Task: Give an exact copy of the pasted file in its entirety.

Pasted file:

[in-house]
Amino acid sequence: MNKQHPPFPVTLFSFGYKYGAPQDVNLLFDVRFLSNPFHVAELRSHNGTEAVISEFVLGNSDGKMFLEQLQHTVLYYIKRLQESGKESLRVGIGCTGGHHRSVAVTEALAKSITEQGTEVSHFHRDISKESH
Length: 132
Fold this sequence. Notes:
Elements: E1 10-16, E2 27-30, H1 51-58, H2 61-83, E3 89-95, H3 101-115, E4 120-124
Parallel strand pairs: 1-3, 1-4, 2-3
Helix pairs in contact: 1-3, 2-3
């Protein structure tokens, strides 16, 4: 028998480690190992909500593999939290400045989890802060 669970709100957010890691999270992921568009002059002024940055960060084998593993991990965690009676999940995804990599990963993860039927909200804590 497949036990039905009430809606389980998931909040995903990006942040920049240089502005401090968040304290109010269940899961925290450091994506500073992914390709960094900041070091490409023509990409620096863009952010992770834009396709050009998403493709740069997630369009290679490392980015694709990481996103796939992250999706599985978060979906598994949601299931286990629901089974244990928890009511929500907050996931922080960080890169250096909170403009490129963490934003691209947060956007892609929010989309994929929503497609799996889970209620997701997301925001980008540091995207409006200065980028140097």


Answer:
[in-house]
Amino acid sequence: MNKQHPPFPVTLFSFGYKYGAPQDVNLLFDVRFLSNPFHVAELRSHNGTEAVISEFVLGNSDGKMFLEQLQHTVLYYIKRLQESGKESLRVGIGCTGGHHRSVAVTEALAKSITEQGTEVSHFHRDISKESH
Length: 132
Fold this sequence. Notes:
Elements: E1 10-16, E2 27-30, H1 51-58, H2 61-83, E3 89-95, H3 101-115, E4 120-124
Parallel strand pairs: 1-3, 1-4, 2-3
Helix pairs in contact: 1-3, 2-3
């Protein structure tokens, strides 16, 4: 028998480690190992909500593999939290400045989890802060 669970709100957010890691999270992921568009002059002024940055960060084998593993991990965690009676999940995804990599990963993860039927909200804590 497949036990039905009430809606389980998931909040995903990006942040920049240089502005401090968040304290109010269940899961925290450091994506500073992914390709960094900041070091490409023509990409620096863009952010992770834009396709050009998403493709740069997630369009290679490392980015694709990481996103796939992250999706599985978060979906598994949601299931286990629901089974244990928890009511929500907050996931922080960080890169250096909170403009490129963490934003691209947060956007892609929010989309994929929503497609799996889970209620997701997301925001980008540091995207409006200065980028140097």